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Governing Regulations and Requirements for Topical Reports

A topical report allows for a single review and (if appropriate) approval by the U.S. Nuclear Regulatory Commission (NRC) of a safety-related topic that may apply to multiple nuclear power plants. This increases the efficiency and efficacy of the licensing process and reduces the burden on licensees by minimizing the time and resources that both industry and the NRC staff could expend on redundant licensing reviews. For additional information, see the following topics on this page:

Governing Regulations

The NRC's regulations related to topical reports are set forth in Title 10 of the Code of Federal Regulations sections 10 CFR 2.390, 10 CFR 21, 10 CFR 50.5, 10 CFR 50.7, and 10 CFR 170.11.

The NRC has also developed internal Office Instruction LIC-500, "Processing Requests for Reviews of Topical Reports" to standardize the process of reviewing a topical report within the NRC.


The following requirements apply to topical reports:

Criteria for a Topical Report

A report submitted for review as a topical report should meet all four of the following criteria:

  1. The report deals with a specific safety-related subject regarding a U.S. nuclear power plant that requires a safety assessment by the NRC staff; for example, component design, analytical models or techniques, or performance testing of components and/or systems that can be evaluated independently of a specific license application.

  2. The report is expected to be referenced by multiple licensees in a number of license amendment requests following NRC staff approval. Generally, a report intended for use by multiple sites of an individual licensee is not considered a topical report.

  3. The report contains complete and detailed information on the specific subject presented. Conceptual or incomplete preliminary information will not be reviewed.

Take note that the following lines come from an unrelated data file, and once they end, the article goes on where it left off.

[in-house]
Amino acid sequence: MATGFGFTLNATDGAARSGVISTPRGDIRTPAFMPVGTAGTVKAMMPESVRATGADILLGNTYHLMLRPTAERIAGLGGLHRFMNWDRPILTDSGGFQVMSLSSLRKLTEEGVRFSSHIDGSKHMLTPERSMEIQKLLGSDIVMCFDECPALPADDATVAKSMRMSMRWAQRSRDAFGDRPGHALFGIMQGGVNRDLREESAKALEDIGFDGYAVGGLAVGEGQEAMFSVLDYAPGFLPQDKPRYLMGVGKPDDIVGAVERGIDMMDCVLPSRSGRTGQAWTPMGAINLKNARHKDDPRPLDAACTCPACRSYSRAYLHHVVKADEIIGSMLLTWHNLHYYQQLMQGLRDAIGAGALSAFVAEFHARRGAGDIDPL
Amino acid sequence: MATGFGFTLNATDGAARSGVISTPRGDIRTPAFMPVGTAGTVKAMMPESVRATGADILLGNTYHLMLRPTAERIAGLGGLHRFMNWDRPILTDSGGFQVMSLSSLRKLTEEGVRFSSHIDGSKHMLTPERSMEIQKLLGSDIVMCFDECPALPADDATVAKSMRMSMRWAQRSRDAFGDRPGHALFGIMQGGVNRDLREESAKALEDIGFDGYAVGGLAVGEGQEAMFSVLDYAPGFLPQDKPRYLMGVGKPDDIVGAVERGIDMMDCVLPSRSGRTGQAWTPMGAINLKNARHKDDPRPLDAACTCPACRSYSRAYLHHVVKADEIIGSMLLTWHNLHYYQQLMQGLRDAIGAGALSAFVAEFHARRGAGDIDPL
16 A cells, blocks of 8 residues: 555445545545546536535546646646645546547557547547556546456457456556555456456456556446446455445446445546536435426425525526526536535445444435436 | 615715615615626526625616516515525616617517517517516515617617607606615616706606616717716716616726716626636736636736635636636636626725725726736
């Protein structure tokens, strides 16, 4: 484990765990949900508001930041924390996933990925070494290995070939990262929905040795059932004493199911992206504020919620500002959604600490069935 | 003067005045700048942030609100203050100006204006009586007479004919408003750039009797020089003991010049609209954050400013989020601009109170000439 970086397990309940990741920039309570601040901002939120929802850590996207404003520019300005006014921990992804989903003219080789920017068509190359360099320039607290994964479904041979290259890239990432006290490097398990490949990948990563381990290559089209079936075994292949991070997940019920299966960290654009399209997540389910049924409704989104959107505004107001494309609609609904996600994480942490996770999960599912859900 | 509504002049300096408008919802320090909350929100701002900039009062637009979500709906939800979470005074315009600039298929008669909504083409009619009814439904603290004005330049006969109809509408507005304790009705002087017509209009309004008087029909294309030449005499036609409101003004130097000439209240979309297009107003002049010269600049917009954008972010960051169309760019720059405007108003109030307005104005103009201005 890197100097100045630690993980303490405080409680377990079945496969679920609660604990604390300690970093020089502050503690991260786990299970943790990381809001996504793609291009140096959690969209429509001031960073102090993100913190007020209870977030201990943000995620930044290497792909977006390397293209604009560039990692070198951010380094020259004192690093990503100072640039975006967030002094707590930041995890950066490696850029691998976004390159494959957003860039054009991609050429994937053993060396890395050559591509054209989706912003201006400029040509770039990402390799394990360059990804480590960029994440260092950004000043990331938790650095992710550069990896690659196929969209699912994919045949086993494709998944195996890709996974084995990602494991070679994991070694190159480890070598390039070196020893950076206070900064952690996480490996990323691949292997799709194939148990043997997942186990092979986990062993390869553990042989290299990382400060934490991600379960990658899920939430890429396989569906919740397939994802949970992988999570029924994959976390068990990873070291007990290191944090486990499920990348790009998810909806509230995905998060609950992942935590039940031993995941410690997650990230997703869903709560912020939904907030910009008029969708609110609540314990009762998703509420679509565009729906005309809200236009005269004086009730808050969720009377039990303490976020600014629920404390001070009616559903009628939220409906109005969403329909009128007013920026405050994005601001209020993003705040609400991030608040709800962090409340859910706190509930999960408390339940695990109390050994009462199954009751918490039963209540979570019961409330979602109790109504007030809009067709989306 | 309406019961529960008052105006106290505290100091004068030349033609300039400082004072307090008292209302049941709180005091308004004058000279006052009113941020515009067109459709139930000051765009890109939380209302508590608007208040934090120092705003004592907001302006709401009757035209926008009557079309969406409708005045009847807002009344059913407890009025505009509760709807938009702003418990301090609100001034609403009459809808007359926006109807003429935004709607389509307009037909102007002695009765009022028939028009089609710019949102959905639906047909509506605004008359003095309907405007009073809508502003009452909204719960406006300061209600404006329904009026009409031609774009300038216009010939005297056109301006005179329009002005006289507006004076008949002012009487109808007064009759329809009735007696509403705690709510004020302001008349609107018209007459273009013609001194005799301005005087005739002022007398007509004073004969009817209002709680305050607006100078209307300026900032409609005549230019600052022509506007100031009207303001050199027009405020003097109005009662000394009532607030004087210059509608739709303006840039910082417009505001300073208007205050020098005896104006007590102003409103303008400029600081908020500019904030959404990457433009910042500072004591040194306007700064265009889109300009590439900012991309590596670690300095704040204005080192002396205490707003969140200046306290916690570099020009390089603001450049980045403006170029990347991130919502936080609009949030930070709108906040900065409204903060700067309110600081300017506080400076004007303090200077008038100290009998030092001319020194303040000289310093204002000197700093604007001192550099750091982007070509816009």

4. NRC approval of the report will increase the efficiency of the review process for applications that reference the report.

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Exceptions to the Criteria

Exceptions to these criterion, especially criterion (2), may be allowed on a case-by-case basis if the NRC staff determines that an exception is in the public interest. The applicant must provide written justification of this to the NRC staff prior to submitting the topical report for review, preferably at the pre-submittal meeting stage. Examples of justification for an exception include a contribution to resolving a safety-related issue, a technological advancement that would benefit safety or reduce an operational burden, or significant cost savings to the industry. Any NRC staff decision to accept for review a topical report that does not meet the four criteria above must also find that the projected staff resources for review of the report are justified. Before accepting a topical report with exceptions for review, the NRC also determines whether the resources expended in the review are worth reducing resources committed to other regulatory activities, such as licensing actions.

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Using Topical Reports in Plant-Specific Licensing Actions

Licensees may not reference a topical report in a licensing amendment request until the topical report is fully completed and the approved ("-A") version of the topical report is verified for completeness by the NRC staff. The "-A" designation alone does not make a topical report an official licensing document, but it does represent a good-faith commitment on the part of the NRC to accept the conclusions of the topical report and the NRC's associated safety evaluation during future licensing reviews, subject to changes in regulations or NRC guidance.

However, plant-specific concerns must always be taken into account when actually using an approved topical report in a specific licensing action. For this reason, the NRC verifies relevant criteria for approved topical reports during each licensing action to ensure that the topical report's conclusions are both valid and applicable to the particular licensing action under review. Although sometimes redundant, the NRC believes that this is an essential step in ensuring that the otherwise time-saving topical report program fully meets the NRC's high standards for protection of public health and safety.

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Page Last Reviewed/Updated Friday, April 01, 2016